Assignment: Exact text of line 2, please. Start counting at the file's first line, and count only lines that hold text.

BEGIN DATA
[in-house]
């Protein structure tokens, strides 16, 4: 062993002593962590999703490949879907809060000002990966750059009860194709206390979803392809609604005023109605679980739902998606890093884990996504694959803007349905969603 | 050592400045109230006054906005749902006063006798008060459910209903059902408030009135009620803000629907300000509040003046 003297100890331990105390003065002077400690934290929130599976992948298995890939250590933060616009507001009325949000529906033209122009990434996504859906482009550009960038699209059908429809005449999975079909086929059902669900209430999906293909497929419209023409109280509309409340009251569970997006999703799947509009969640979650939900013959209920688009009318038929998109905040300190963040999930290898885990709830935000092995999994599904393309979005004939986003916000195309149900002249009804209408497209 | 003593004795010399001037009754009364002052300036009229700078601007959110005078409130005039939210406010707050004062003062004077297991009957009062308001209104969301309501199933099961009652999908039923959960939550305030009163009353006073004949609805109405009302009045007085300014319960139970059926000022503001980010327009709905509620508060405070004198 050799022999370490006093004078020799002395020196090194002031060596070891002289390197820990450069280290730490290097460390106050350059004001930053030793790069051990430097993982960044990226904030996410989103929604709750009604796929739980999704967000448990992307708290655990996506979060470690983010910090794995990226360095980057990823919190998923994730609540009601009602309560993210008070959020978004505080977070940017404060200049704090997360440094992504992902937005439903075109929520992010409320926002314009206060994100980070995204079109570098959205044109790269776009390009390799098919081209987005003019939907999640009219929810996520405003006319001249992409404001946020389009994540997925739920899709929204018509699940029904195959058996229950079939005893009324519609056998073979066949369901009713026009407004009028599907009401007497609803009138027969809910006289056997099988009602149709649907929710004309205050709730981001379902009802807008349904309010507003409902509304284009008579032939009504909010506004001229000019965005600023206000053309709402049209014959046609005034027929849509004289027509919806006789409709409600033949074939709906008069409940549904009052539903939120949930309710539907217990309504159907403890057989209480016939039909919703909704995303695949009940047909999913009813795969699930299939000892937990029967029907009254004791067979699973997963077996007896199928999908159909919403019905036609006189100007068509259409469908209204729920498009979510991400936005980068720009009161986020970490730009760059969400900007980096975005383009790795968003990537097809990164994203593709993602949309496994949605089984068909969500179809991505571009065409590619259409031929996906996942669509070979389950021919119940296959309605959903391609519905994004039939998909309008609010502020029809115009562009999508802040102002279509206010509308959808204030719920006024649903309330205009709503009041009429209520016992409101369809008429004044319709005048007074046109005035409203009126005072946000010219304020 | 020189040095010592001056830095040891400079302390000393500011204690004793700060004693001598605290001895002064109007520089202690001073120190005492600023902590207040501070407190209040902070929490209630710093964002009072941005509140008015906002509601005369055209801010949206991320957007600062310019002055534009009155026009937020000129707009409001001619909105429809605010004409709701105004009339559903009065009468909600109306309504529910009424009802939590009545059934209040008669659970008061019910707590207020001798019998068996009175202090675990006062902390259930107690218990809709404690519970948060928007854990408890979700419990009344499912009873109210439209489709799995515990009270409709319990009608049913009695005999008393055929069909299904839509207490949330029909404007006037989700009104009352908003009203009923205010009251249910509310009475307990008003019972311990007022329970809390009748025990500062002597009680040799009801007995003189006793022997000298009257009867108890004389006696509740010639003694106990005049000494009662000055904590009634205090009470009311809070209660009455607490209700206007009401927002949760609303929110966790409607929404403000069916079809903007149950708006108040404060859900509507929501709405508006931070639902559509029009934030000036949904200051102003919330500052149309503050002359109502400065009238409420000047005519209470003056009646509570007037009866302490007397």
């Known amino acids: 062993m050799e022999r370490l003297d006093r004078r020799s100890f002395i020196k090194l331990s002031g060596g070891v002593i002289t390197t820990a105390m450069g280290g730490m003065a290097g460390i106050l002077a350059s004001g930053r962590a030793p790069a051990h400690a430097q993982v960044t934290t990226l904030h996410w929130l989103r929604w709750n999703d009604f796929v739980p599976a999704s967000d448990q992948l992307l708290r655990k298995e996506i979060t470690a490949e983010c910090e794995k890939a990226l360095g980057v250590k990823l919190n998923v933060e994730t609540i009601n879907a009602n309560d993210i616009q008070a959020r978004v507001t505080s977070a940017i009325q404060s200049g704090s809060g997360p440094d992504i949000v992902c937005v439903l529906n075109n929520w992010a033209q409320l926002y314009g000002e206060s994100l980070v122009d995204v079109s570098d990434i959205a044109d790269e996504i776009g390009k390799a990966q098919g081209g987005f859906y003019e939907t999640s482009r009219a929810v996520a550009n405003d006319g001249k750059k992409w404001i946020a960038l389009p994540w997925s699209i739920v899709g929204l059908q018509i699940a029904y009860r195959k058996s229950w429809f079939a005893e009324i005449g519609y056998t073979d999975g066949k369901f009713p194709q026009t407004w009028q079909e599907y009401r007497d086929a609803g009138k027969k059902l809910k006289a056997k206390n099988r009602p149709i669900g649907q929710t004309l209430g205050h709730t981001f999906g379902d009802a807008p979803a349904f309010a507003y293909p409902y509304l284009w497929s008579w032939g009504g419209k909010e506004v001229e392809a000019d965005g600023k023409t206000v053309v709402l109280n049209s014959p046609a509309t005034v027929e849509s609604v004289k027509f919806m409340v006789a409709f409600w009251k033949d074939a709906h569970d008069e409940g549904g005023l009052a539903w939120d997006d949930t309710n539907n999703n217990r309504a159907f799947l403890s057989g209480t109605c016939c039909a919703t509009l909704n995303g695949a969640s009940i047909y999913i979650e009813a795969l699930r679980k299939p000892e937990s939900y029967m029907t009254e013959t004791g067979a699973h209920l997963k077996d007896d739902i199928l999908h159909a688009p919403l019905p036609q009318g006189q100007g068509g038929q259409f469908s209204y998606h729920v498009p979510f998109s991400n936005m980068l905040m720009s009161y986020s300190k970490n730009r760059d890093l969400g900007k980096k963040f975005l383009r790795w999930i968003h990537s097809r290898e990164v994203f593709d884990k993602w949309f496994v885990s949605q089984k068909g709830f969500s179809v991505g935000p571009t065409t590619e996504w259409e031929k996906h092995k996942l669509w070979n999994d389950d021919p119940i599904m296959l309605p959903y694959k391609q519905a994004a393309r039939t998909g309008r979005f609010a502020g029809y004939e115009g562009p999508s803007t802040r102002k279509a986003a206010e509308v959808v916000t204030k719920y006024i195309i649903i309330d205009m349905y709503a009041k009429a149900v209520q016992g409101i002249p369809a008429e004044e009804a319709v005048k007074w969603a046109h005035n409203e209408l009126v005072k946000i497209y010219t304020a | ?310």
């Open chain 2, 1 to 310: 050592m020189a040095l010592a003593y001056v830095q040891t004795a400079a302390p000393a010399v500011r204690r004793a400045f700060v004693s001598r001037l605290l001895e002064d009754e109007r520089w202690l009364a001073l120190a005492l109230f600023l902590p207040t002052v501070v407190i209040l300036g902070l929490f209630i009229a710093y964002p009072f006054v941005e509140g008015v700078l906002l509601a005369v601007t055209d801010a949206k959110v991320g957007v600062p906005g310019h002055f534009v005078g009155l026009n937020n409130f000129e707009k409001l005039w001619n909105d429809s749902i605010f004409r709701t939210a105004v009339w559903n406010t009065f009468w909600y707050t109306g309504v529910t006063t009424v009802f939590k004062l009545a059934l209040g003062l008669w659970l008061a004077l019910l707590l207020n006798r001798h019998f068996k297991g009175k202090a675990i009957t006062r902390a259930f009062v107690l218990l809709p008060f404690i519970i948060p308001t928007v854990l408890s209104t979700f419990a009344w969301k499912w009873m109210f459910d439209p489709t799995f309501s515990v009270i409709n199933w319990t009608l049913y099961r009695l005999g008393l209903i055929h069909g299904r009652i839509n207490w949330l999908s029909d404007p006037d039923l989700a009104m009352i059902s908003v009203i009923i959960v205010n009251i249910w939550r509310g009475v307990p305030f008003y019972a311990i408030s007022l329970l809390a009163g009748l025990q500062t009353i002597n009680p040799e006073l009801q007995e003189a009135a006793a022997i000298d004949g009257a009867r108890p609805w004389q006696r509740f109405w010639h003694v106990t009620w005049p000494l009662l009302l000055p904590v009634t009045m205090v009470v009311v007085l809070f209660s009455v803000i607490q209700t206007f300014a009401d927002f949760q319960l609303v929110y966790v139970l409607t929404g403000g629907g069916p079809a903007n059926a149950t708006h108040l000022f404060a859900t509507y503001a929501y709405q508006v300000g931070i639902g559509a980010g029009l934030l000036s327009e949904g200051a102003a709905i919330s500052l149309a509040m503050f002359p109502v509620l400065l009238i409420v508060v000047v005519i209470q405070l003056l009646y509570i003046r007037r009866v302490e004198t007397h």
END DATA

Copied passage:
């Protein structure tokens, strides 16, 4: 062993002593962590999703490949879907809060000002990966750059009860194709206390979803392809609604005023109605679980739902998606890093884990996504694959803007349905969603 | 050592400045109230006054906005749902006063006798008060459910209903059902408030009135009620803000629907300000509040003046 003297100890331990105390003065002077400690934290929130599976992948298995890939250590933060616009507001009325949000529906033209122009990434996504859906482009550009960038699209059908429809005449999975079909086929059902669900209430999906293909497929419209023409109280509309409340009251569970997006999703799947509009969640979650939900013959209920688009009318038929998109905040300190963040999930290898885990709830935000092995999994599904393309979005004939986003916000195309149900002249009804209408497209 | 003593004795010399001037009754009364002052300036009229700078601007959110005078409130005039939210406010707050004062003062004077297991009957009062308001209104969301309501199933099961009652999908039923959960939550305030009163009353006073004949609805109405009302009045007085300014319960139970059926000022503001980010327009709905509620508060405070004198 050799022999370490006093004078020799002395020196090194002031060596070891002289390197820990450069280290730490290097460390106050350059004001930053030793790069051990430097993982960044990226904030996410989103929604709750009604796929739980999704967000448990992307708290655990996506979060470690983010910090794995990226360095980057990823919190998923994730609540009601009602309560993210008070959020978004505080977070940017404060200049704090997360440094992504992902937005439903075109929520992010409320926002314009206060994100980070995204079109570098959205044109790269776009390009390799098919081209987005003019939907999640009219929810996520405003006319001249992409404001946020389009994540997925739920899709929204018509699940029904195959058996229950079939005893009324519609056998073979066949369901009713026009407004009028599907009401007497609803009138027969809910006289056997099988009602149709649907929710004309205050709730981001379902009802807008349904309010507003409902509304284009008579032939009504909010506004001229000019965005600023206000053309709402049209014959046609005034027929849509004289027509919806006789409709409600033949074939709906008069409940549904009052539903939120949930309710539907217990309504159907403890057989209480016939039909919703909704995303695949009940047909999913009813795969699930299939000892937990029967029907009254004791067979699973997963077996007896199928999908159909919403019905036609006189100007068509259409469908209204729920498009979510991400936005980068720009009161986020970490730009760059969400900007980096975005383009790795968003990537097809990164994203593709993602949309496994949605089984068909969500179809991505571009065409590619259409031929996906996942669509070979389950021919119940296959309605959903391609519905994004039939998909309008609010502020029809115009562009999508802040102002279509206010509308959808204030719920006024649903309330205009709503009041009429209520016992409101369809008429004044319709005048007074046109005035409203009126005072946000010219304020 | 020189040095010592001056830095040891400079302390000393500011204690004793700060004693001598605290001895002064109007520089202690001073120190005492600023902590207040501070407190209040902070929490209630710093964002009072941005509140008015906002509601005369055209801010949206991320957007600062310019002055534009009155026009937020000129707009409001001619909105429809605010004409709701105004009339559903009065009468909600109306309504529910009424009802939590009545059934209040008669659970008061019910707590207020001798019998068996009175202090675990006062902390259930107690218990809709404690519970948060928007854990408890979700419990009344499912009873109210439209489709799995515990009270409709319990009608049913009695005999008393055929069909299904839509207490949330029909404007006037989700009104009352908003009203009923205010009251249910509310009475307990008003019972311990007022329970809390009748025990500062002597009680040799009801007995003189006793022997000298009257009867108890004389006696509740010639003694106990005049000494009662000055904590009634205090009470009311809070209660009455607490209700206007009401927002949760609303929110966790409607929404403000069916079809903007149950708006108040404060859900509507929501709405508006931070639902559509029009934030000036949904200051102003919330500052149309503050002359109502400065009238409420000047005519209470003056009646509570007037009866302490007397």